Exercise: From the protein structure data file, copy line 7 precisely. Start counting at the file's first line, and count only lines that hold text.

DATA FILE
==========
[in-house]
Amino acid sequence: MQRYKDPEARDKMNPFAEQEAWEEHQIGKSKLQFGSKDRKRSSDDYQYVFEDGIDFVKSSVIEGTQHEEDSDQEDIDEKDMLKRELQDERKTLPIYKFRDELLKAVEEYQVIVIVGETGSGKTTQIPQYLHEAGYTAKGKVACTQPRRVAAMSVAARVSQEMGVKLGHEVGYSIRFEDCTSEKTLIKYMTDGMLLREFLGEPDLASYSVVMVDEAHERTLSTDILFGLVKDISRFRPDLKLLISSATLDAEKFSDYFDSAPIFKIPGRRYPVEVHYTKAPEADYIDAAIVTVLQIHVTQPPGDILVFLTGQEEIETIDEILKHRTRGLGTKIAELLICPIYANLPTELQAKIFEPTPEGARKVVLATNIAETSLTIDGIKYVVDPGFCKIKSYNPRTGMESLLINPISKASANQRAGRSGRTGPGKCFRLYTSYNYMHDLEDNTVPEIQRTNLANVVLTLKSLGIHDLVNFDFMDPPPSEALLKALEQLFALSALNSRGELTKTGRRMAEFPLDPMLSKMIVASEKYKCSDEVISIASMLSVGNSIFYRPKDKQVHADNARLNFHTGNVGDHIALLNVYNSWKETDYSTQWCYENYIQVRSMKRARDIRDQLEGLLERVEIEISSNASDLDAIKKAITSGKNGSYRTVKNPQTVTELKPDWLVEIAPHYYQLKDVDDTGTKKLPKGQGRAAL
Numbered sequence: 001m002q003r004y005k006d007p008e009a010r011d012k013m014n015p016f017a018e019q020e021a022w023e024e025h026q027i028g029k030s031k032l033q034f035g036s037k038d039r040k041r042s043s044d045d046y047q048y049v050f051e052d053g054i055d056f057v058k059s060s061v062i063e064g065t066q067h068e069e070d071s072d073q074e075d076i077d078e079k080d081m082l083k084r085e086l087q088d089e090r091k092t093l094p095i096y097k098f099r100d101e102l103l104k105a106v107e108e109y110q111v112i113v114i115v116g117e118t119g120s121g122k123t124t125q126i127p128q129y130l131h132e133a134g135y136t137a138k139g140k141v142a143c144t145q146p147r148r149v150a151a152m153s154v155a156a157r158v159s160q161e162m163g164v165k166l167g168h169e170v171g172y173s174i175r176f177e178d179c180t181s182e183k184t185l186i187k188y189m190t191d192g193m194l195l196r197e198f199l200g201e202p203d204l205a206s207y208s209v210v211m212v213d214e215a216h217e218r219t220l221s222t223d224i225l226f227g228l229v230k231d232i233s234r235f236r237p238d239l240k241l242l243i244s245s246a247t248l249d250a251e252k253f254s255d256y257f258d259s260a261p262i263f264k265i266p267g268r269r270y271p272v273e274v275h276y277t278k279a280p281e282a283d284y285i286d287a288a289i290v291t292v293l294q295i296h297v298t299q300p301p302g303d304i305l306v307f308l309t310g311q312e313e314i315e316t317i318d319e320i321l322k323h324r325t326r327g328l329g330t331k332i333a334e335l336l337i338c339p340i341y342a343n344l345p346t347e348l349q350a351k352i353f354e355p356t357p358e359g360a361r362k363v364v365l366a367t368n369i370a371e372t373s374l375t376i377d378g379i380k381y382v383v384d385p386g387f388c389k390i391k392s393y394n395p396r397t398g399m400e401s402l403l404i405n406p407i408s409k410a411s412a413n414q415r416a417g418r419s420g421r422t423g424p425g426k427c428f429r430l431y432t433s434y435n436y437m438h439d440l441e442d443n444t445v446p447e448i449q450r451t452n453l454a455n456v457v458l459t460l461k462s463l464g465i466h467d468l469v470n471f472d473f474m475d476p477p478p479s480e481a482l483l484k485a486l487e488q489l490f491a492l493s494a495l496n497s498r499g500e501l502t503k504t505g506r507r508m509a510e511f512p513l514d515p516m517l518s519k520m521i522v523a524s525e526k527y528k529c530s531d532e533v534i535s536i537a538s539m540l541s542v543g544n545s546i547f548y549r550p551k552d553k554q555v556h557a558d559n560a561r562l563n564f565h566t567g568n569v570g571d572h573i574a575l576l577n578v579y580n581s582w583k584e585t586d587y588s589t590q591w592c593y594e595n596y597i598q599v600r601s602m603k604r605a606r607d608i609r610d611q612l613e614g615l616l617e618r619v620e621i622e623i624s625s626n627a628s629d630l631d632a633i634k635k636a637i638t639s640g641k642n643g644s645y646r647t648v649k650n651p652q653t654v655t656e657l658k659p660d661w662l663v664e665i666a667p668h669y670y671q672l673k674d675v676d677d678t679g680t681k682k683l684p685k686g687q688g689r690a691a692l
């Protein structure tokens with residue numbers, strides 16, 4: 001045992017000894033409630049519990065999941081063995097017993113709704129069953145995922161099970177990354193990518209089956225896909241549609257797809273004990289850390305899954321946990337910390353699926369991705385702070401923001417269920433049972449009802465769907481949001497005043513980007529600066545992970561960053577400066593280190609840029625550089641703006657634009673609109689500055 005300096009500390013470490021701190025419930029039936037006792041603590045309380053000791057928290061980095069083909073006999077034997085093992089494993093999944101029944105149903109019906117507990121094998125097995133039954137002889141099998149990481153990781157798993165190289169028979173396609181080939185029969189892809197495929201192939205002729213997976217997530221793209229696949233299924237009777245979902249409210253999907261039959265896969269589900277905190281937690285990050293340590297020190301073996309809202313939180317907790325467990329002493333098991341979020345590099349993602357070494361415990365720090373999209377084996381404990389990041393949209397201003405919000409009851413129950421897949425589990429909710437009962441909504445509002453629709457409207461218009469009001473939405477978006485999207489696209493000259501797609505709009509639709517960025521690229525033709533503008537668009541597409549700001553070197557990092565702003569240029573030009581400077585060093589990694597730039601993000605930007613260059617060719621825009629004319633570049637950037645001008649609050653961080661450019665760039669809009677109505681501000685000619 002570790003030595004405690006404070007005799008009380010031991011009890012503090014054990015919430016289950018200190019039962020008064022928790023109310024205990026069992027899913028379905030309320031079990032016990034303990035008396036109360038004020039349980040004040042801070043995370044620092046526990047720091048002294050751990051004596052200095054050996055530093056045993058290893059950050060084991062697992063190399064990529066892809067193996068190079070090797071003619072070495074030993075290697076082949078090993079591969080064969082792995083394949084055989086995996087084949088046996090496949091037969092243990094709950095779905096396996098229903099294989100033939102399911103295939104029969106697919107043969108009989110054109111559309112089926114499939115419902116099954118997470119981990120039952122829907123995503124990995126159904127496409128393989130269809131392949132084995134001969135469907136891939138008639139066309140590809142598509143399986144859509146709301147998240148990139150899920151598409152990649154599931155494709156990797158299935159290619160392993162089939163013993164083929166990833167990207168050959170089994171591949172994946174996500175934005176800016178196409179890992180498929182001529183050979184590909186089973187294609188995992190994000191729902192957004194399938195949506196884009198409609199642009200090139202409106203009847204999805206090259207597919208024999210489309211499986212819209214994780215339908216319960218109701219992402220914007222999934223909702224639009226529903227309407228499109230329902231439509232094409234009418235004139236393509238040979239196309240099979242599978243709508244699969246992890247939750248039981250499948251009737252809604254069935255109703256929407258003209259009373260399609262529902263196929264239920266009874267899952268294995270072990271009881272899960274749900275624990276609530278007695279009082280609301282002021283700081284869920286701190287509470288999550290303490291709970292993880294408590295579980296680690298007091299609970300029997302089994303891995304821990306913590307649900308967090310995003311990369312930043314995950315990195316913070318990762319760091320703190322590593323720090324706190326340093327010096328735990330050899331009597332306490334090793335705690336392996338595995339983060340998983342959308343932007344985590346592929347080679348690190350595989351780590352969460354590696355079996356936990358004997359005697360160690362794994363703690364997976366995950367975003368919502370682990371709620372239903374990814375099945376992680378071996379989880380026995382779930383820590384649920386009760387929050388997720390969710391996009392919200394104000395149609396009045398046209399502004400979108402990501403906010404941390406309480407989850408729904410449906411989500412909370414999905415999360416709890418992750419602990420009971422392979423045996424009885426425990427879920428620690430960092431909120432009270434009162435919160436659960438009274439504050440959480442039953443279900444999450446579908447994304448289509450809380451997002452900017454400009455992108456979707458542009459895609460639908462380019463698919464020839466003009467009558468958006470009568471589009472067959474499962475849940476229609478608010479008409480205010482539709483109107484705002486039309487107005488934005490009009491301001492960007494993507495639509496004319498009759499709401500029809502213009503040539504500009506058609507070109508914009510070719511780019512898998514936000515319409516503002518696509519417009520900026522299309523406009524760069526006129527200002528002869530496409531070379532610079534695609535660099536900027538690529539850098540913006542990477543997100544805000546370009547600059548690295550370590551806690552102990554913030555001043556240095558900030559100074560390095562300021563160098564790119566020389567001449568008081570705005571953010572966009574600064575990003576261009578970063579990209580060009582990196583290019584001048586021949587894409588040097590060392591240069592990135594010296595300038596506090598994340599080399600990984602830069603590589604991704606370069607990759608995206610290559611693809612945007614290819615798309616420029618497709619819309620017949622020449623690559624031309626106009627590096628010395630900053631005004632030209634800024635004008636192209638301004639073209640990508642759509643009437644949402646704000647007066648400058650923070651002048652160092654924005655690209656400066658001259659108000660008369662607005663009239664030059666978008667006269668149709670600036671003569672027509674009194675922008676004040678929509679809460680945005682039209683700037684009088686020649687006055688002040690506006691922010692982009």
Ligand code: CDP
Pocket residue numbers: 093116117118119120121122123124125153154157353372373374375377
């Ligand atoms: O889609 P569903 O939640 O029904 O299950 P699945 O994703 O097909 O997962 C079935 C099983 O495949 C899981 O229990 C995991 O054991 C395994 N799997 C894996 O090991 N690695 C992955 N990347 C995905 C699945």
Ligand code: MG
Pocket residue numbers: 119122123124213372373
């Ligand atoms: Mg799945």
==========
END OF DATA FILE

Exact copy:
């Ligand atoms: O889609 P569903 O939640 O029904 O299950 P699945 O994703 O097909 O997962 C079935 C099983 O495949 C899981 O229990 C995991 O054991 C395994 N799997 C894996 O090991 N690695 C992955 N990347 C995905 C699945």